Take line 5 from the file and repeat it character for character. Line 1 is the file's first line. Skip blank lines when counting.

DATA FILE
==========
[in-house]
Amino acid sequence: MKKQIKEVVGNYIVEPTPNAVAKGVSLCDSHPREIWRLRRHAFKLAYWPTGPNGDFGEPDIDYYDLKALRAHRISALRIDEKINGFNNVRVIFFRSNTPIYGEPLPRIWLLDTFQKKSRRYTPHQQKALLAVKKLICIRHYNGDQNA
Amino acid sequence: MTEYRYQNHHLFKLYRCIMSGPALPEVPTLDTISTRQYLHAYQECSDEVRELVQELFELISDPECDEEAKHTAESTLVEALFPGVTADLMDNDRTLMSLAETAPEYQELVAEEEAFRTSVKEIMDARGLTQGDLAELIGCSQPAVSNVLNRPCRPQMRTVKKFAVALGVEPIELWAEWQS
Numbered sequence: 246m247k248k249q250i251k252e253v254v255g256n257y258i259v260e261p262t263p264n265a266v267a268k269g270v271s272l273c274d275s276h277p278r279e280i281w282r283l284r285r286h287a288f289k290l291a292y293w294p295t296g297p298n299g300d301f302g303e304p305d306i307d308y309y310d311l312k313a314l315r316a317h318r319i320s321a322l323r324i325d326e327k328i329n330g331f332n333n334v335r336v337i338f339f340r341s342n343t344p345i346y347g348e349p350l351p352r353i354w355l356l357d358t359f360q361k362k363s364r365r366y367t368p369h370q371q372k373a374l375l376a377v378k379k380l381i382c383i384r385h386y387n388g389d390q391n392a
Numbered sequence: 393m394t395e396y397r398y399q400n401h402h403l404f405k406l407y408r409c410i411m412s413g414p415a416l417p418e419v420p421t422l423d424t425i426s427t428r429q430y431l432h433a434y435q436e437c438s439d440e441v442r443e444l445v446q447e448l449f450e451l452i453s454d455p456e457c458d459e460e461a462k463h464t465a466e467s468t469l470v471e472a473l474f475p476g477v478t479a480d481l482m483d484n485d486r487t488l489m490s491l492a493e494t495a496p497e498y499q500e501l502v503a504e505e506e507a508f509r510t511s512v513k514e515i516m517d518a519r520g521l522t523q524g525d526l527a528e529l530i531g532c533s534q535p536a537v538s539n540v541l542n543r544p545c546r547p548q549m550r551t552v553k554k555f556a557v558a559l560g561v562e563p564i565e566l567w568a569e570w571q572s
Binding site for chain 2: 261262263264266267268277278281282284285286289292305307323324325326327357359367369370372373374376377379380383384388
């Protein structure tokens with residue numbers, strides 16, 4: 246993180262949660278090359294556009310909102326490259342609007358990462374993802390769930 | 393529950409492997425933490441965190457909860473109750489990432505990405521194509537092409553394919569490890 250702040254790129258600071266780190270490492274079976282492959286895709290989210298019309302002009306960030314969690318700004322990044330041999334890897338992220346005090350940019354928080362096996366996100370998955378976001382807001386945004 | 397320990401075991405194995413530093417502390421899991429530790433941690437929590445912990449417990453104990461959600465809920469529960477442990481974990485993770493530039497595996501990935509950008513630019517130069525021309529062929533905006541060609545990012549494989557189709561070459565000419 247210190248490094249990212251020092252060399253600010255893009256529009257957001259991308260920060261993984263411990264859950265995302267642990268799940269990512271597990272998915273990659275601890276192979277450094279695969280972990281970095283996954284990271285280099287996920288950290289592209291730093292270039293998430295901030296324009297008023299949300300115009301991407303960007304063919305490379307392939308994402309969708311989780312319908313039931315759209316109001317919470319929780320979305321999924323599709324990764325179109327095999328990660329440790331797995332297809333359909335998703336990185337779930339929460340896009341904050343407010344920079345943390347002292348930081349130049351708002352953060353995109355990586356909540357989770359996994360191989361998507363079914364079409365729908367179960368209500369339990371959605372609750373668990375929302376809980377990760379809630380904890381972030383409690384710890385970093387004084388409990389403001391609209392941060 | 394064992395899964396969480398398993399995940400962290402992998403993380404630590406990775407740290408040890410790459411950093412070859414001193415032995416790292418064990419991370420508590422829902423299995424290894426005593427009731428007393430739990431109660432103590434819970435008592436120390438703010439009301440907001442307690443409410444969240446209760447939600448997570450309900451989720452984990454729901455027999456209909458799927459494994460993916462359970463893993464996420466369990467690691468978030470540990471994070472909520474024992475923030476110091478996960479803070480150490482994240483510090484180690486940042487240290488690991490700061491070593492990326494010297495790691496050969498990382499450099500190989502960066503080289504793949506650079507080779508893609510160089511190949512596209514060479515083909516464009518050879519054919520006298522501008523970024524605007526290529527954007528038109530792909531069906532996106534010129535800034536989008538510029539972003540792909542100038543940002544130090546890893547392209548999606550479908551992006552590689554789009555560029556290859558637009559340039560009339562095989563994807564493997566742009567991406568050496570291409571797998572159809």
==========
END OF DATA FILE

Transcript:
Numbered sequence: 393m394t395e396y397r398y399q400n401h402h403l404f405k406l407y408r409c410i411m412s413g414p415a416l417p418e419v420p421t422l423d424t425i426s427t428r429q430y431l432h433a434y435q436e437c438s439d440e441v442r443e444l445v446q447e448l449f450e451l452i453s454d455p456e457c458d459e460e461a462k463h464t465a466e467s468t469l470v471e472a473l474f475p476g477v478t479a480d481l482m483d484n485d486r487t488l489m490s491l492a493e494t495a496p497e498y499q500e501l502v503a504e505e506e507a508f509r510t511s512v513k514e515i516m517d518a519r520g521l522t523q524g525d526l527a528e529l530i531g532c533s534q535p536a537v538s539n540v541l542n543r544p545c546r547p548q549m550r551t552v553k554k555f556a557v558a559l560g561v562e563p564i565e566l567w568a569e570w571q572s